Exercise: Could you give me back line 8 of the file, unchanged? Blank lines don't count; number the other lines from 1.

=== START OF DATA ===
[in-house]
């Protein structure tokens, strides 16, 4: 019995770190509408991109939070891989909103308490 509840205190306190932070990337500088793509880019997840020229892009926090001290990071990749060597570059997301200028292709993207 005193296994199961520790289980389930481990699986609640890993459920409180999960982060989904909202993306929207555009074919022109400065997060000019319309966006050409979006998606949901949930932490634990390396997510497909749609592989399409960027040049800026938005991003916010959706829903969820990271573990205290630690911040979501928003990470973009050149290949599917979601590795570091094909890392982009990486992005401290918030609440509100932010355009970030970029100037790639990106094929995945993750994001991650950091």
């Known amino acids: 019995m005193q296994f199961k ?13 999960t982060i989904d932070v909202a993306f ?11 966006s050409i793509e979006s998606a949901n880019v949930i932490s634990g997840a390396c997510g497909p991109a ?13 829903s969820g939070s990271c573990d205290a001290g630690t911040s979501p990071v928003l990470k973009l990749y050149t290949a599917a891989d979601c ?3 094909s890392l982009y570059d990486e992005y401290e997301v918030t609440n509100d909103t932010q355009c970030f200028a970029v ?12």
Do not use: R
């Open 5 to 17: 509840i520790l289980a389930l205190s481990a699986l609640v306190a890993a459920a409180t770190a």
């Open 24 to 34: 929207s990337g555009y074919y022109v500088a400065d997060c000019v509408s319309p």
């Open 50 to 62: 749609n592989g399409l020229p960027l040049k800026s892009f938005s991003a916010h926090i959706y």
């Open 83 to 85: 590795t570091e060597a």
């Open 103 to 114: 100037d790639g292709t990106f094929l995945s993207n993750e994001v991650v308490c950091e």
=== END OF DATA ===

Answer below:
């Open 83 to 85: 590795t570091e060597a």